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Landcare announces grants for bushfire affected local groups

Sharon Kelley 10 May 2020
Burnt bushland from bushfire.

Environmental groups impacted by the past summer’s bushfires will receive grants from Landcare Australia. Photo: Supplied.

Fire affected communities will receive the majority of Landcare Australia’s bushfire recovery grants in the current round of funding to help with rehabilitation of waterways, bushland and wildlife.

Deua Rivercare’s Deua River Post Fire Recovery project will receive $14,900 to establish sediment entering the river in southeast NSW. Using funds from Landcare Australia, environmental group Deua Rivercare will work with local contractors to erect sediment and erosion control, with priority locations to protect platypus habitat.

“We will also focus on treating weed species that have regenerated prolifically as a result of the fires,” said Deau Rivercare coordinator Alison Walsh.

Eurobodalla Landcare network’s McKenzies Beach Landcare group will receive $14,500 for the Protecting Pretty Point Post Fire project. The money will purchase propagating equipment, plants and tree guards to replace vegetation unlikely to regenerate, including feed trees which provided food and habitat for endangered species in the area. The group will also put up nesting boxes to provide habitat during the recovery period and to ensure weeds such as asparagus fern and blackberry are controlled.

Michelago & District Landcare Group will receive a grant of $1460 for a project that addresses threats to people and wildlife. The group will use the grant for supplementary planting to provide understorey habitat and prevent erosion.

Kylie Durant (left) from Holbrook Landcare, Juliet Cullen (right) from Mountain Landcare, posing outdoors.

Holbrook Landcare project officer Kylie Durant (left) with Juliet Cullen (right) from Mountain Landcare. Photo: Supplied.

The Snowy River Interstate Landcare Committee (SRILC) will receive $15,000 for its Healing our Landscape project. SRILC coordinator Mark Chaplin said feedback from community members in Bombala showed a strong desire to promote life, regenerate their local environment, and support natural processes after vast areas were burnt in the past summer’s bushfires.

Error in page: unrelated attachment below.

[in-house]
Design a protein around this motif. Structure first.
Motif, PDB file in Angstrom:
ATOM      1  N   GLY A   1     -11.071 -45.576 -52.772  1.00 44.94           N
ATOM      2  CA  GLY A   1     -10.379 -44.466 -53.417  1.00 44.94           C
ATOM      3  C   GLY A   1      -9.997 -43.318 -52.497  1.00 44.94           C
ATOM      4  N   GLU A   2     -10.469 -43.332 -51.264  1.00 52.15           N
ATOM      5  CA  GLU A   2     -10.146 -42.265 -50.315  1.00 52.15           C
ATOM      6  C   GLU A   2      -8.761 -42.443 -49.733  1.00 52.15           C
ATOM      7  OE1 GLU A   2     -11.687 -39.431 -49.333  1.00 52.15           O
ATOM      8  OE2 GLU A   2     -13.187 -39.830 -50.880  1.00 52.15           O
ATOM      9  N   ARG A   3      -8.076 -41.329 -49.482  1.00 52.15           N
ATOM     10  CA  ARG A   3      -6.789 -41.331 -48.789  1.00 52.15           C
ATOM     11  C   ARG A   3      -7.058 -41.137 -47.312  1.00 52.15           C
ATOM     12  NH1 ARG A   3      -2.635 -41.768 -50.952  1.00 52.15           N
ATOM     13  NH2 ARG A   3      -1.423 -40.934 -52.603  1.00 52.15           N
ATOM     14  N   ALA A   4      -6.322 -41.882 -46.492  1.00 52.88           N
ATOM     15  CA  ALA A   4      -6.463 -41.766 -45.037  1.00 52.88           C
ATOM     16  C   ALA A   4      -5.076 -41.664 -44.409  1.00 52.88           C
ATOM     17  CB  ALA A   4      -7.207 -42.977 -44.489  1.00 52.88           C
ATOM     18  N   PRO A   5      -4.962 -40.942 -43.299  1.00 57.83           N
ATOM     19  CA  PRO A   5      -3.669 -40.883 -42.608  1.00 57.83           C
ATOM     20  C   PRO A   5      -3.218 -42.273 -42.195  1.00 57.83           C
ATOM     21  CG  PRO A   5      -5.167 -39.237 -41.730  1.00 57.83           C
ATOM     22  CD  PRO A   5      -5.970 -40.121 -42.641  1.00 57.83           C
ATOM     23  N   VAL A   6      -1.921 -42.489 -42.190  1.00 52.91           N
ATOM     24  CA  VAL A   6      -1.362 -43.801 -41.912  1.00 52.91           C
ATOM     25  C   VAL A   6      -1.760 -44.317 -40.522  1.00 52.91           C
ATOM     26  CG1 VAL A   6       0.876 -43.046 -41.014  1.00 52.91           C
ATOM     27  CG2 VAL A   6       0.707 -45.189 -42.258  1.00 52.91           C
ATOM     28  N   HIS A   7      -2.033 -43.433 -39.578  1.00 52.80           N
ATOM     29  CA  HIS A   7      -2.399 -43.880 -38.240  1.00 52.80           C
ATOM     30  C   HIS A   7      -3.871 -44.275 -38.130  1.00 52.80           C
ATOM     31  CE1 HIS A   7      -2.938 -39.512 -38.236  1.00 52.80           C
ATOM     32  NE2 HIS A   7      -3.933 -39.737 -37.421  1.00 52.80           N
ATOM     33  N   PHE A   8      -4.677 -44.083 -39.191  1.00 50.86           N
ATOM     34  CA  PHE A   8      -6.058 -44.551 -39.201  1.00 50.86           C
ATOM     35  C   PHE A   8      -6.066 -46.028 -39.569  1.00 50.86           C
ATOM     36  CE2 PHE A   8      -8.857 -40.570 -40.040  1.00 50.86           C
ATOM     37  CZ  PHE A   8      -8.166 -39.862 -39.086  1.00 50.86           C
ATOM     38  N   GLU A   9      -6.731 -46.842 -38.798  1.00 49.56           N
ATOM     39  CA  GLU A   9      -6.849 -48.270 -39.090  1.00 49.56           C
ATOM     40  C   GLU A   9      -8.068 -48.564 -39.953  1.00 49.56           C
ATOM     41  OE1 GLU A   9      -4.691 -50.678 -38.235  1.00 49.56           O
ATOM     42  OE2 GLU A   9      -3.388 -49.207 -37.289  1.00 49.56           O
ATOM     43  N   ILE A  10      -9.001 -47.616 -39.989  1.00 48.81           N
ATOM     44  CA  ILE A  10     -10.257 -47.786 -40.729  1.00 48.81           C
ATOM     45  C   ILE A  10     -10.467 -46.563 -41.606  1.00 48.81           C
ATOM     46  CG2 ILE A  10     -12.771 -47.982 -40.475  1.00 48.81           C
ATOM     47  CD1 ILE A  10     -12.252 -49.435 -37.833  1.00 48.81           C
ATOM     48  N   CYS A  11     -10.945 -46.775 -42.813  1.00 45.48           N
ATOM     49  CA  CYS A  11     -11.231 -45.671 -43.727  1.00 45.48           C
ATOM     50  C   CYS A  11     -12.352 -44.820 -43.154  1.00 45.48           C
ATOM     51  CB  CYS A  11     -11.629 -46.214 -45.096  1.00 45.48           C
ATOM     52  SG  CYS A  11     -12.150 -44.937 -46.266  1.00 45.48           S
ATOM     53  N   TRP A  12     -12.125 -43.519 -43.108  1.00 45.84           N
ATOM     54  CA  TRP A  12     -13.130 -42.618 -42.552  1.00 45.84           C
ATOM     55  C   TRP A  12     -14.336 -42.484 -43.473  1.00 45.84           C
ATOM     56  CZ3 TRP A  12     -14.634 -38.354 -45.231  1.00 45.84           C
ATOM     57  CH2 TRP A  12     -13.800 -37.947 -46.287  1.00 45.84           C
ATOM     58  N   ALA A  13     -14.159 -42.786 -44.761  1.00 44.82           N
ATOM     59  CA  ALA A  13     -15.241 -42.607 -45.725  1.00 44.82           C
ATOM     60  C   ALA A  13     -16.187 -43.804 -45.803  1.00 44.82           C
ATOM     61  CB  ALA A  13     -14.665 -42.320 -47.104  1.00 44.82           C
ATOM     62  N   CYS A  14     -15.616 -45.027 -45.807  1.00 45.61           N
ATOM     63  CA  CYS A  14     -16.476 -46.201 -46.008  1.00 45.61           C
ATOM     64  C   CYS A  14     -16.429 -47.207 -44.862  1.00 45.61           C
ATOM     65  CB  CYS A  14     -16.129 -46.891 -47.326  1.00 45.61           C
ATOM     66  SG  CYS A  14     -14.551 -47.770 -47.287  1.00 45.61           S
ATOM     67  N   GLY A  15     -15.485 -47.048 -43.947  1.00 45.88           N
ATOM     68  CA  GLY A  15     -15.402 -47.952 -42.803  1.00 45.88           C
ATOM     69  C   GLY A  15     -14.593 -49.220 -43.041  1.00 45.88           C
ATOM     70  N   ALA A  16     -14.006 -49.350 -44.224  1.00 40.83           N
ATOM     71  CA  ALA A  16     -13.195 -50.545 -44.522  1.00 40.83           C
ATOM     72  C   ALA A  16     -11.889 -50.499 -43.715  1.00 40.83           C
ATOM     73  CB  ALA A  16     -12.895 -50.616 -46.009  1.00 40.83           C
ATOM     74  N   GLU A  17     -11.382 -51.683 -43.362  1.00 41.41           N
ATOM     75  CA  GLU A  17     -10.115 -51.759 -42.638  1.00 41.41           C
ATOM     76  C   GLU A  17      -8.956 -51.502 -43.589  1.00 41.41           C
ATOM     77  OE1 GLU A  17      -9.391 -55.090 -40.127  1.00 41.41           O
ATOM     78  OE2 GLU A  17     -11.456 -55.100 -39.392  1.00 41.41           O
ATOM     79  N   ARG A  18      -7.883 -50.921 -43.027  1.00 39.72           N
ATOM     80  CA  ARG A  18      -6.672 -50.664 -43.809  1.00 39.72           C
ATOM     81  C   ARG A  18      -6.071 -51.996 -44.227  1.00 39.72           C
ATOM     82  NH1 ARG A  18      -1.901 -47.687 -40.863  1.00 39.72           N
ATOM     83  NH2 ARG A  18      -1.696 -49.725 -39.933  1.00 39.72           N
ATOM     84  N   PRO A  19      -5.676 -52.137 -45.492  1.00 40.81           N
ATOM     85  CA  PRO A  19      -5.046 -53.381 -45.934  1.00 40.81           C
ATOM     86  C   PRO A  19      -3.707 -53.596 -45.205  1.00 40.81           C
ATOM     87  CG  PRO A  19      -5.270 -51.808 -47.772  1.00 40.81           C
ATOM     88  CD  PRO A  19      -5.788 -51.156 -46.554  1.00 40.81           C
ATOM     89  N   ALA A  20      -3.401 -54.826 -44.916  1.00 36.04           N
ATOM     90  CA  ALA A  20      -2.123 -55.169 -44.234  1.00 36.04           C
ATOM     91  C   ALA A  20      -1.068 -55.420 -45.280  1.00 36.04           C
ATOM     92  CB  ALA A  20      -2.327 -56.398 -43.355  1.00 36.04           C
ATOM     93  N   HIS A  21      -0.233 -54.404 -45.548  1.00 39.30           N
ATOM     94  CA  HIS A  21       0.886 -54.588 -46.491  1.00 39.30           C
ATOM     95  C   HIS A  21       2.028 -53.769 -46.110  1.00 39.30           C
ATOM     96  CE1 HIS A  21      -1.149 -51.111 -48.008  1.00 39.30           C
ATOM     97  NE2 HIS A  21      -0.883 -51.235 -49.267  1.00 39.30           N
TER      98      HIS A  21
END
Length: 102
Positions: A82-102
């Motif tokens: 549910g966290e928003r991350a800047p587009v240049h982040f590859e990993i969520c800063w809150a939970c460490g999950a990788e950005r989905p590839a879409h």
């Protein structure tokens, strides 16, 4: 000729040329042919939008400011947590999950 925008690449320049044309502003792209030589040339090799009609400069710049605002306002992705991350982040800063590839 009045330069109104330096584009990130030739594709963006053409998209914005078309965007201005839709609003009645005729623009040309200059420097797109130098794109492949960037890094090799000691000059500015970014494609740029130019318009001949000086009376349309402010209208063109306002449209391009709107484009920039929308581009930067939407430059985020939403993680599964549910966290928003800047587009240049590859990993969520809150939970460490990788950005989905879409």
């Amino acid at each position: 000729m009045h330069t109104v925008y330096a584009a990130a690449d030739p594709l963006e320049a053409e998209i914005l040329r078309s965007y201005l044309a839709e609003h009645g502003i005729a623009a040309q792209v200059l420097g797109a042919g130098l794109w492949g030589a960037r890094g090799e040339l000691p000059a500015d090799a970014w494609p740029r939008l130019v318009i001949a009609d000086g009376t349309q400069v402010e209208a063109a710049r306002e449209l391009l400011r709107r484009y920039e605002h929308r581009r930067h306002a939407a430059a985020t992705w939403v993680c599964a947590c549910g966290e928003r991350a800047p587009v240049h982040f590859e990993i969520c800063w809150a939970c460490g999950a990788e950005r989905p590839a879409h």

Participants will be supported to install nest box and refuge structures for arboreal mammals – animals which spend the majority of their lives in trees – micro bats and birds in their immediate environment. They’ll also be provided with native plants for planting in conjunction with nest and refuge structures.

The Upper Murrumbidgee Demonstration Reach partnership’s project to protect streambanks and water quality from erosion in the upper Murrumbidgee River will receive a Landcare Australia grant of $14,450. In February, the Clear Range bushfire swept through the Bumbalong Valley, burning to the Murrumbidgee River and parts of the instream river corridor, where the local environmental group had established an erosion project. The fire completely burnt the wooden parts of the riverbank’s retaining wall, leaving the bank bare and unstable.

“Funds from the Landcare Australia bushfire grant will enable us to use the large fallen timber material, now onsite, to re-establish erosion works and protect the streambank that is at risk of being washed away,” said Upper Murrumbidgee Demonstration Reach partnership facilitator Anita Brademann.

“Plantings and seeding of sterile rye corn will occur to hasten stabilisation. This will help protect the bank and provide habitat for several threatened species of cod.”

Details of Landcare Australia grants are available on the organisation’s website. Applications for grants can also be made on the site.

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